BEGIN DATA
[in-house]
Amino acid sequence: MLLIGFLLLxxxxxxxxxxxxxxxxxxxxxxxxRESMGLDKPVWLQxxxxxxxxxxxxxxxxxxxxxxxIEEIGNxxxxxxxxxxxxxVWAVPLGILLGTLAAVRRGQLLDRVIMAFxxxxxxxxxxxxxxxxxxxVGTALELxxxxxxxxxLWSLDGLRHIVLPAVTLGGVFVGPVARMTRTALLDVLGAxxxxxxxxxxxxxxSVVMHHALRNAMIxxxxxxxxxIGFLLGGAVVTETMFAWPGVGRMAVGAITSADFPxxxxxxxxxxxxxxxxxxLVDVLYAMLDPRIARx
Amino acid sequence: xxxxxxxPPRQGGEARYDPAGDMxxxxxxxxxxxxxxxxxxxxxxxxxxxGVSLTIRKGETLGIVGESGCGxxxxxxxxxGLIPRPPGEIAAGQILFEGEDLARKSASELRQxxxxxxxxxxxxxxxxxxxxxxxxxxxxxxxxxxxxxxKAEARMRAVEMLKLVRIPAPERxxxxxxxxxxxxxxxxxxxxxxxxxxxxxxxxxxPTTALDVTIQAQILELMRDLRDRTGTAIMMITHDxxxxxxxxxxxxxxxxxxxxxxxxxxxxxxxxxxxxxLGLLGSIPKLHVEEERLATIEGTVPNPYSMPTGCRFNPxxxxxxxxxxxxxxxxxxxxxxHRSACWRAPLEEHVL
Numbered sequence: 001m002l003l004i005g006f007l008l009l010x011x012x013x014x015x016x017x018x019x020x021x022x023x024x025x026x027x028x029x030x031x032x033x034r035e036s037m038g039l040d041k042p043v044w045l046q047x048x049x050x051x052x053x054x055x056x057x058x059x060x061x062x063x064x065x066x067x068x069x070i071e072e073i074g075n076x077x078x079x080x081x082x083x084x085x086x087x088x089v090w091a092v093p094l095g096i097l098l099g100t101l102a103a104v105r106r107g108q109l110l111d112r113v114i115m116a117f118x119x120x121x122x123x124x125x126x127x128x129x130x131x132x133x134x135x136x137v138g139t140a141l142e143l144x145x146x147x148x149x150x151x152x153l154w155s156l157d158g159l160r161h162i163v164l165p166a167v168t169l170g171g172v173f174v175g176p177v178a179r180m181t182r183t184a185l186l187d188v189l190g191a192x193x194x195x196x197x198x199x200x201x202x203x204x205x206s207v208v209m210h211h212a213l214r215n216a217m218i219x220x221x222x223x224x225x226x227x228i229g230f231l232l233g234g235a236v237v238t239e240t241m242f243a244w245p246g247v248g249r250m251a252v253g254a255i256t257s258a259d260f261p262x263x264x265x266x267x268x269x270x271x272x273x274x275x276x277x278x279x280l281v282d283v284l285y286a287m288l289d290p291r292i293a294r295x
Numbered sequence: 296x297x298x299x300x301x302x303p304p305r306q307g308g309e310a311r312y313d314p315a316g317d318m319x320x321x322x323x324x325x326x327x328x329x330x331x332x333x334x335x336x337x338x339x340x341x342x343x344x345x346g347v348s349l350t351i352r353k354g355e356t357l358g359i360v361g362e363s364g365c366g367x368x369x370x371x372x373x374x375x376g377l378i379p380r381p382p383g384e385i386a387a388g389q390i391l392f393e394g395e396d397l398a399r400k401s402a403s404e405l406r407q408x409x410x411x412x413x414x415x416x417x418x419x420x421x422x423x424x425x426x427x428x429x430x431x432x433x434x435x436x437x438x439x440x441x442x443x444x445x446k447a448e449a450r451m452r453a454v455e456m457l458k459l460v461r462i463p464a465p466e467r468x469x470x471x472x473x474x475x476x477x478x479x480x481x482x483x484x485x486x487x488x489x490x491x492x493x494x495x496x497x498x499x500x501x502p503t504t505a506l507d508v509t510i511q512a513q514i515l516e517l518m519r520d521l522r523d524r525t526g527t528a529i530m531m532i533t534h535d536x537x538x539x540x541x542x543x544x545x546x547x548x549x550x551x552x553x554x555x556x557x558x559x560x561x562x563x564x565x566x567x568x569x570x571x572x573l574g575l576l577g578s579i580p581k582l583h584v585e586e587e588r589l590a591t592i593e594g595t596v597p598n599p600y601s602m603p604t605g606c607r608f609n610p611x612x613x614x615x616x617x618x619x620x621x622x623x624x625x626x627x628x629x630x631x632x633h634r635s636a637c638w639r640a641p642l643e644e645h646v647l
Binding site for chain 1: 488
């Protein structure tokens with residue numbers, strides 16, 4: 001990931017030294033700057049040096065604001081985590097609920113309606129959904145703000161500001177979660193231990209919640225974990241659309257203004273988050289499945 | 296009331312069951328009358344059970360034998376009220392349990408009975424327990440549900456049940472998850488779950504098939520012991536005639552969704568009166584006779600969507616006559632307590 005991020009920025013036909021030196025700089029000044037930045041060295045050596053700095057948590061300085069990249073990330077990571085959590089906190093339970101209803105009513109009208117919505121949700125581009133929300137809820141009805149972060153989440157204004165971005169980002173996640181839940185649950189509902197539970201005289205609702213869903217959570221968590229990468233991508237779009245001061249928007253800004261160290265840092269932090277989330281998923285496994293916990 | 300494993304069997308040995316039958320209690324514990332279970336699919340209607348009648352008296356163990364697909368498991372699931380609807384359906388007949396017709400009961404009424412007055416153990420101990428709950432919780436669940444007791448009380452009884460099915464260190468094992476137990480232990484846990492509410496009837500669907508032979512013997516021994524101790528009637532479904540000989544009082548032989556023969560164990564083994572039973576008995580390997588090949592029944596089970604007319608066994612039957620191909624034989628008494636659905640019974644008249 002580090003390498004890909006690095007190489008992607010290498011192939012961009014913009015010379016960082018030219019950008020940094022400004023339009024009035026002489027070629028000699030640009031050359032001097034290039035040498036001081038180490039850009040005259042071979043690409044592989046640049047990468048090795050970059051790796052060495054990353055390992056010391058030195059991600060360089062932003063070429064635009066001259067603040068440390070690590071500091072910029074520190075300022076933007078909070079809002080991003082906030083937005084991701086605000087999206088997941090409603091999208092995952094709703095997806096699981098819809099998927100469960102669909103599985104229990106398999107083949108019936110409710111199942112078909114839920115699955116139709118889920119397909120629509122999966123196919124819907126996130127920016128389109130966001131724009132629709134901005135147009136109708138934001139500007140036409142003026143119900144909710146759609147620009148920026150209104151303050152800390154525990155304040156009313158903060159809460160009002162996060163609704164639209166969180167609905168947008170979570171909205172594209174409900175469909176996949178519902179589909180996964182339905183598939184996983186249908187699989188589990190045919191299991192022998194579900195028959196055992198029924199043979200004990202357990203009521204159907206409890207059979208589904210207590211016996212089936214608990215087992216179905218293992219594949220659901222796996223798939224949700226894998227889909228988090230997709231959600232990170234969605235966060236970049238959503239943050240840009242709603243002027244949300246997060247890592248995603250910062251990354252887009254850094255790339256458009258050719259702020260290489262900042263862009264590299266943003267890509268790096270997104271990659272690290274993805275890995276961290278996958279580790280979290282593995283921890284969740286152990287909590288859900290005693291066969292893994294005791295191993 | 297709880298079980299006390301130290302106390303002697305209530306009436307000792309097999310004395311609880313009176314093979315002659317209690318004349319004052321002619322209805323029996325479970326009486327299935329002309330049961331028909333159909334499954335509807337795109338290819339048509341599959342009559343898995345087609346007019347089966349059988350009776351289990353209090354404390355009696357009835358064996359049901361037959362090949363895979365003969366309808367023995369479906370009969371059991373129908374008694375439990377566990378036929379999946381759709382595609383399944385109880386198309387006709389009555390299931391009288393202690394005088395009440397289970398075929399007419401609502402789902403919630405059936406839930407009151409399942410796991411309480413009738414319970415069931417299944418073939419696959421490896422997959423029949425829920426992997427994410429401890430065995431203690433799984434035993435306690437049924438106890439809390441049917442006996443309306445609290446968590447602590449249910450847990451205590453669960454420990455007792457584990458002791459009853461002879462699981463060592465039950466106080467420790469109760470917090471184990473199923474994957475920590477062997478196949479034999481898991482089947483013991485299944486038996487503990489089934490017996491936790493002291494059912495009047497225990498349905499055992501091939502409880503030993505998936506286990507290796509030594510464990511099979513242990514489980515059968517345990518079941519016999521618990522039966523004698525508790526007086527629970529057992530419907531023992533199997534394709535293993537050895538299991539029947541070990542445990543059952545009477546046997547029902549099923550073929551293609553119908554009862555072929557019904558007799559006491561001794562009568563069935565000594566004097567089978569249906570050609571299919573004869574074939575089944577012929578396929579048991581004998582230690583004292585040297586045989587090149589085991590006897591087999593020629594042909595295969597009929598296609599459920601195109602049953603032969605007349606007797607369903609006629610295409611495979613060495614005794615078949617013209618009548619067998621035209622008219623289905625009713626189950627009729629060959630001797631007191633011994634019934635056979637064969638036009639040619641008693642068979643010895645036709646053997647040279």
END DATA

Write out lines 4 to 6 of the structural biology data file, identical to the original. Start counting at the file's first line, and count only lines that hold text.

Numbered sequence: 001m002l003l004i005g006f007l008l009l010x011x012x013x014x015x016x017x018x019x020x021x022x023x024x025x026x027x028x029x030x031x032x033x034r035e036s037m038g039l040d041k042p043v044w045l046q047x048x049x050x051x052x053x054x055x056x057x058x059x060x061x062x063x064x065x066x067x068x069x070i071e072e073i074g075n076x077x078x079x080x081x082x083x084x085x086x087x088x089v090w091a092v093p094l095g096i097l098l099g100t101l102a103a104v105r106r107g108q109l110l111d112r113v114i115m116a117f118x119x120x121x122x123x124x125x126x127x128x129x130x131x132x133x134x135x136x137v138g139t140a141l142e143l144x145x146x147x148x149x150x151x152x153l154w155s156l157d158g159l160r161h162i163v164l165p166a167v168t169l170g171g172v173f174v175g176p177v178a179r180m181t182r183t184a185l186l187d188v189l190g191a192x193x194x195x196x197x198x199x200x201x202x203x204x205x206s207v208v209m210h211h212a213l214r215n216a217m218i219x220x221x222x223x224x225x226x227x228i229g230f231l232l233g234g235a236v237v238t239e240t241m242f243a244w245p246g247v248g249r250m251a252v253g254a255i256t257s258a259d260f261p262x263x264x265x266x267x268x269x270x271x272x273x274x275x276x277x278x279x280l281v282d283v284l285y286a287m288l289d290p291r292i293a294r295x
Numbered sequence: 296x297x298x299x300x301x302x303p304p305r306q307g308g309e310a311r312y313d314p315a316g317d318m319x320x321x322x323x324x325x326x327x328x329x330x331x332x333x334x335x336x337x338x339x340x341x342x343x344x345x346g347v348s349l350t351i352r353k354g355e356t357l358g359i360v361g362e363s364g365c366g367x368x369x370x371x372x373x374x375x376g377l378i379p380r381p382p383g384e385i386a387a388g389q390i391l392f393e394g395e396d397l398a399r400k401s402a403s404e405l406r407q408x409x410x411x412x413x414x415x416x417x418x419x420x421x422x423x424x425x426x427x428x429x430x431x432x433x434x435x436x437x438x439x440x441x442x443x444x445x446k447a448e449a450r451m452r453a454v455e456m457l458k459l460v461r462i463p464a465p466e467r468x469x470x471x472x473x474x475x476x477x478x479x480x481x482x483x484x485x486x487x488x489x490x491x492x493x494x495x496x497x498x499x500x501x502p503t504t505a506l507d508v509t510i511q512a513q514i515l516e517l518m519r520d521l522r523d524r525t526g527t528a529i530m531m532i533t534h535d536x537x538x539x540x541x542x543x544x545x546x547x548x549x550x551x552x553x554x555x556x557x558x559x560x561x562x563x564x565x566x567x568x569x570x571x572x573l574g575l576l577g578s579i580p581k582l583h584v585e586e587e588r589l590a591t592i593e594g595t596v597p598n599p600y601s602m603p604t605g606c607r608f609n610p611x612x613x614x615x616x617x618x619x620x621x622x623x624x625x626x627x628x629x630x631x632x633h634r635s636a637c638w639r640a641p642l643e644e645h646v647l
Binding site for chain 1: 488